By Becky Richardville, MSW, LCSW, Care Coordinator at Deaconess Primary Care for Seniors
Growing older is a privilege, but let’s face it—aging definitely brings about changes in our bodies and minds.
Dr. Nancy Grauso-Eby, Deaconess Clinic Pediatrician
Anyone can get head lice. Head lice are most common in preschool- and elementary school-aged children. It doesn’t matter how clean your home or hair may be. It doesn’t matter where children and families live, play and work.
Dr. Emily Krajec, Family Medicine, Deaconess Clinic Princeton
Summer months naturally lend themselves to clean eating. It’s important to know how to take advantage of this. Summer also brings cookouts, traveling, and family vacations. It is possible to continue clean eating by remembering a few tips and tricks.
Dr. James Gutman, Family Medicine Deaconess Clinic
Chickenpox are nearly a childhood rite of passage… Quarantine from others, being doused in calamine lotion and strong inclinations to take a hairbrush to those itchy miserable lesions. The varicella virus (or chickenpox) primes patients to develop herpes zoster later on in life.
Dr. Hisham Allababidi, Deaconess Clinic Endocrinologist
As an endocrinologist, I help manage issues related to hormones in the body. I see many patients with thyroid disorders, which can lead to a variety of health issues
Do you like to golf? Golf is a great low-risk injury sport for all ages. Here are a few healthy golf facts for you to know next time you're out on the course.
Dr. Nancy Grauso-Eby, Pediatrician, Deaconess Clinic West
Summer time means being outside. And sometimes, that means that insects think that we’re delicious, and begin to bite.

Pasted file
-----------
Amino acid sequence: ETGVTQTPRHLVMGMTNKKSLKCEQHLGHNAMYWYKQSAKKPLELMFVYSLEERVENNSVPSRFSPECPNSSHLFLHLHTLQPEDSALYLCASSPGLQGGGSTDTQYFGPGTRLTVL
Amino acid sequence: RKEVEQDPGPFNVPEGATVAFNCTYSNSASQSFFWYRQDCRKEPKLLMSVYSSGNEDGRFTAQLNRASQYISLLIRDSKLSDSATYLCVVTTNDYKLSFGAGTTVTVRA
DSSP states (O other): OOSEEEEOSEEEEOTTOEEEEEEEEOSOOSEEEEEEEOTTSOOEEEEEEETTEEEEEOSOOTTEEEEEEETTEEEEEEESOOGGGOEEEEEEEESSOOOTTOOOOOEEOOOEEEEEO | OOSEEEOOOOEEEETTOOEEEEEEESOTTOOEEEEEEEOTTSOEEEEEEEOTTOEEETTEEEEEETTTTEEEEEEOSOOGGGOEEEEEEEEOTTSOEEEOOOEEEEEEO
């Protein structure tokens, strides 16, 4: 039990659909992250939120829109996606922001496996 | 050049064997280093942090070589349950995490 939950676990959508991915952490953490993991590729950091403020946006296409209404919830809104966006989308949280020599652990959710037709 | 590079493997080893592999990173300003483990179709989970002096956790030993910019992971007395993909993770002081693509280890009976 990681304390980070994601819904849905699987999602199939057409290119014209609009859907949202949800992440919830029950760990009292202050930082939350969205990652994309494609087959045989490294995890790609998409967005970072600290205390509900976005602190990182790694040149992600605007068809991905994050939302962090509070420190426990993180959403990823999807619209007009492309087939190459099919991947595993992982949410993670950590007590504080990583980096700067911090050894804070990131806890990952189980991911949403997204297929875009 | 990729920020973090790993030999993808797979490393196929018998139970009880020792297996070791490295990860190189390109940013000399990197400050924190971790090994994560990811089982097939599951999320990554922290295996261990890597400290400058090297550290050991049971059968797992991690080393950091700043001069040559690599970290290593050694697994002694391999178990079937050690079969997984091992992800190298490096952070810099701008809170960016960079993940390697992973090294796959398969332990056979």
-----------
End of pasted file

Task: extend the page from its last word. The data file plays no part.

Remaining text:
Fortunately, most bites by mosquitos, flies, fleas and even ticks do NOT cause disease. That being said, the best thing to do for your kids and yourself is to try to prevent the bite in the first place.
Dr. Clay Davis, Dermatologist, Deaconess Clinic
Psoriasis isn’t just an annoying skin condition – it can be a lifelong issue that requires constant management, supervision and treatment. Psoriasis sufferers experience an accelerated skin cell cycle resulting in scaly patches that are typically dry, itchy and painful. Psoriasis can affect the nails, scalp and areas with sensitive skin like the underarms.
Terry Gehlhausen, DO Deaconess Clinic, Oakland City
Lyme disease is the most common tick-borne illness in the United States. More than 100,000 cases have been reported since the disease was first discovered in 1982. The disease is spread by the bite of a deer tick.
It's spring again, and that means it's time for local Farmers Markets to open. They have become very popular in past years, but did you know there's health benefits to frequenting a Farmers Market near you?
Dr. Emily Krajec, Deaconess Clinic Family Medicine
Do you feel like food controls you? Are you looking for a solution to weight issues or to your overall health? Are you exercising but not seeing or feeling the results you want? If so, I want to share with you about eating clean.
Brandt Dodson, DPM Deaconess Clinic Podiatrist
Advertisements begin every summer for the new swimsuit fashions. But what about sandal season? For many, warm weather creates an uncomfortable notion of displaying nails that are yellow and thickened from the ravages of nail fungus. Nail fungus, or onychomycosis, can affect up to 18% of the population. Some estimates suggest that nearly one quarter of adults will develop nail fungus by age 40 and the incidence increases with age. Nearly half of seniors will be diagnosed with toenail fungus.